Peter Noel Rowe: 1981—1982

Peter Noel Rowe: 1981—1982

Peter Rowe was born on Christmas Day 1919 in Preston, Lancashire and was educated at Preston Grammar School. On leaving school he was first employed as a technician and then served in the RAF from 1940 to 1946. It was during this period that his postings in Europe confirmed his enjoyment of travel and he also took the opportunity to go into higher education, obtaining by part-time study an HNC in mechanical engineering at Liverpool Technical College.

It was after the war that he moved into chemical engineering as an undergraduate at Manchester College of Technology from 1946 to 1949, where he obtained a 2nd class honours degree. From Manchester he moved to Imperial College to study for a PhD with D M Newitt. He investigated supersonic flow through rocket nozzles and continued to do so until 1958 as a Ministry of Supply Research Assistant. 

In 1958 he moved to the Atomic Energy Research Establishment at Harwell to take on the role of Principal Scientific Officer (under A S White and J B Lewis). This was the move that finally saw him working in the field of chemical engineering in which he rapidly established a leading international reputation. 

Peter Rowe made his name by developing a variety of experimental techniques for unravelling the mysteries of gas-fluidised beds. His ability to devise novel experiments (whether sophisticated or simple) and to use suitable statistical techniques to analyse the results, the judgement to discern when sophistication was required and when to go for simplicity were the hallmarks of Peter Rowe's contribution to chemical engineering methodology.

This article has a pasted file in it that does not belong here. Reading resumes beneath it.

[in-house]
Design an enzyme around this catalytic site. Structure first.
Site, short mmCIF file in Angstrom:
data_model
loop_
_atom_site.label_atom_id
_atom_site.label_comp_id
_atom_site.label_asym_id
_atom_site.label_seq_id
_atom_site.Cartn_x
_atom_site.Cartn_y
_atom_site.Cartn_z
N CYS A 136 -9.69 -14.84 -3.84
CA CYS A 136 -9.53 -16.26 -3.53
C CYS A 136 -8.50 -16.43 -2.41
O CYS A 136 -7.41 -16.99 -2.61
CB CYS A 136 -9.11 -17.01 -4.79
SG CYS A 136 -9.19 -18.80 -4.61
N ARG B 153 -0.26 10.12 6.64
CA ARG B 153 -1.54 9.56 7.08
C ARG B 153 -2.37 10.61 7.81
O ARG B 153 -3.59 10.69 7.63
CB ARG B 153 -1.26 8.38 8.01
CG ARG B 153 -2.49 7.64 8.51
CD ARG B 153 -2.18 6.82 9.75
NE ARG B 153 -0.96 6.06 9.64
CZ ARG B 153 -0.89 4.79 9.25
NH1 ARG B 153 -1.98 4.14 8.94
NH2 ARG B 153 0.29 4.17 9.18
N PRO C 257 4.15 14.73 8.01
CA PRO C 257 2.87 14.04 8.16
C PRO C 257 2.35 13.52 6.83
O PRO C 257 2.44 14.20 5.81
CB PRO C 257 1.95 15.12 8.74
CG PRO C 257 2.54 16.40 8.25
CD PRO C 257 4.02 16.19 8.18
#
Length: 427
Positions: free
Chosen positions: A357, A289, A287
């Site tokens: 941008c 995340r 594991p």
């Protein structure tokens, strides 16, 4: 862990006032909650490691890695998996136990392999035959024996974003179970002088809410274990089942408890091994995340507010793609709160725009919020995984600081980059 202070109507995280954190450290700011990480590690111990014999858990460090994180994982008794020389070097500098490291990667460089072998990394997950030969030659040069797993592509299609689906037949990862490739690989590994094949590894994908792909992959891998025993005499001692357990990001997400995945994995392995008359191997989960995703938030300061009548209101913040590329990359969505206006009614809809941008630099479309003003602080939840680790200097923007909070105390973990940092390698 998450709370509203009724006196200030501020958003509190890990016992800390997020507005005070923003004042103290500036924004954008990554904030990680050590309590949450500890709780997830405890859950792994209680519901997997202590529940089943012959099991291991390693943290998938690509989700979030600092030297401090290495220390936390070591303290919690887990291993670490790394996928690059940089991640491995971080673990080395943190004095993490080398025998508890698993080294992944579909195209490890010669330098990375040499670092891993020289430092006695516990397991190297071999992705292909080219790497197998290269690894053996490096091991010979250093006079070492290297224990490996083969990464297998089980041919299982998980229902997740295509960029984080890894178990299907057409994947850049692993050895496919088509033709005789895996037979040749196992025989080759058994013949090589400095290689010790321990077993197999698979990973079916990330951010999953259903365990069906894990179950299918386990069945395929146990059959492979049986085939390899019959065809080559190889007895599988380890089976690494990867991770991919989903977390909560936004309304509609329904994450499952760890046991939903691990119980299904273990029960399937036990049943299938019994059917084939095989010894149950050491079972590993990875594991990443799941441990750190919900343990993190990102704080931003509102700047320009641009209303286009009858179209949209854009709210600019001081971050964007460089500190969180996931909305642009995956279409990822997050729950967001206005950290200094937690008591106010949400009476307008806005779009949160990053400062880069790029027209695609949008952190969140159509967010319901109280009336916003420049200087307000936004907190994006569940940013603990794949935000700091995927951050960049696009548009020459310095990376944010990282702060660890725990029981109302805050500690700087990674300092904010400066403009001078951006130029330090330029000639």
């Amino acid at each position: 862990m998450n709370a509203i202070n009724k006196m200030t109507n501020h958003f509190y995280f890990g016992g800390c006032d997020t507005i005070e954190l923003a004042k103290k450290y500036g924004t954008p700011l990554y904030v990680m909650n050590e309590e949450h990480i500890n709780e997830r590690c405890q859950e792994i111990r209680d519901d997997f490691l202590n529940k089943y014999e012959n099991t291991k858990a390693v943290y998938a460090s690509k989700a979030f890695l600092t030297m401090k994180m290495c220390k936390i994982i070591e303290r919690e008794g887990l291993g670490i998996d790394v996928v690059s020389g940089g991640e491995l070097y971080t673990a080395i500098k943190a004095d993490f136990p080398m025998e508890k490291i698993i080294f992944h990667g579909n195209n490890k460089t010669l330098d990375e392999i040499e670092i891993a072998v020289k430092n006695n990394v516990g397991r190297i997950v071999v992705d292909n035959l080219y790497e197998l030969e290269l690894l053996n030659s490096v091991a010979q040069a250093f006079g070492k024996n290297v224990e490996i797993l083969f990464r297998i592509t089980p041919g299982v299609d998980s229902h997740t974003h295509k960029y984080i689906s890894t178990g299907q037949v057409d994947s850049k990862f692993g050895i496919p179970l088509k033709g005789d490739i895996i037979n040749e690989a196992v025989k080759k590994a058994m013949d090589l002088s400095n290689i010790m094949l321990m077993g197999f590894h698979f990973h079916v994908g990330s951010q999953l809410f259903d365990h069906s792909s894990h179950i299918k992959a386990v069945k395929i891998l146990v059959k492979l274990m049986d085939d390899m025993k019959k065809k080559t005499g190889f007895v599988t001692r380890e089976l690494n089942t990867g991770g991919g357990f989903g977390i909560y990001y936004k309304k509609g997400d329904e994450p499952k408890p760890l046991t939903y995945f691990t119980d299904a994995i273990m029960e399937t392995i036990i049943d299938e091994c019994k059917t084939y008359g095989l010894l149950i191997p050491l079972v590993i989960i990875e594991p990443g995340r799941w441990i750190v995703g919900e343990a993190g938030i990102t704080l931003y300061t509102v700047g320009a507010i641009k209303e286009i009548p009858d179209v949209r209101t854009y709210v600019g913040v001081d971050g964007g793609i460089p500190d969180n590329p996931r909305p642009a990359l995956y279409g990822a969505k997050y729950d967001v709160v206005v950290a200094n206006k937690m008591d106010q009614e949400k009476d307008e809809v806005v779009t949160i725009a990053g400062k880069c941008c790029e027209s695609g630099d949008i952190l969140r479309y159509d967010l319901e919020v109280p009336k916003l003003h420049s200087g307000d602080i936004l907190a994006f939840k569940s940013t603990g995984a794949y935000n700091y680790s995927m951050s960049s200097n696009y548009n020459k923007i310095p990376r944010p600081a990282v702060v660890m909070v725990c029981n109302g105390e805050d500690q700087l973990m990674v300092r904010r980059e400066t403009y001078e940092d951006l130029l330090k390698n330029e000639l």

In 1965 he was appointed Ramsay Memorial Professor of Chemical Engineering and Head of Department at University College London. He began by lecturing first and second year students, which was a complete innovation, and then encouraged a revamping of the whole BSc course, which in essence had not changed since 1937. Many other areas benefited from his judgement and enthusiasm: he greatly encouraged biochemical engineering long before it was fashionable; young staff were encouraged to attend conferences and apply for research grants; he obtained a markedly increased budget for the department and, in a short time, doubled the number of staff.

His contribution UCL and to fluidised bed research was immense, but so too was his contribution to the profession. He became a Fellow of the Institution in 1961 and has since served on 10 committees, many of them as Chairman, and at one period on five concurrently; his judgement and integrity making him a valuable member of each.

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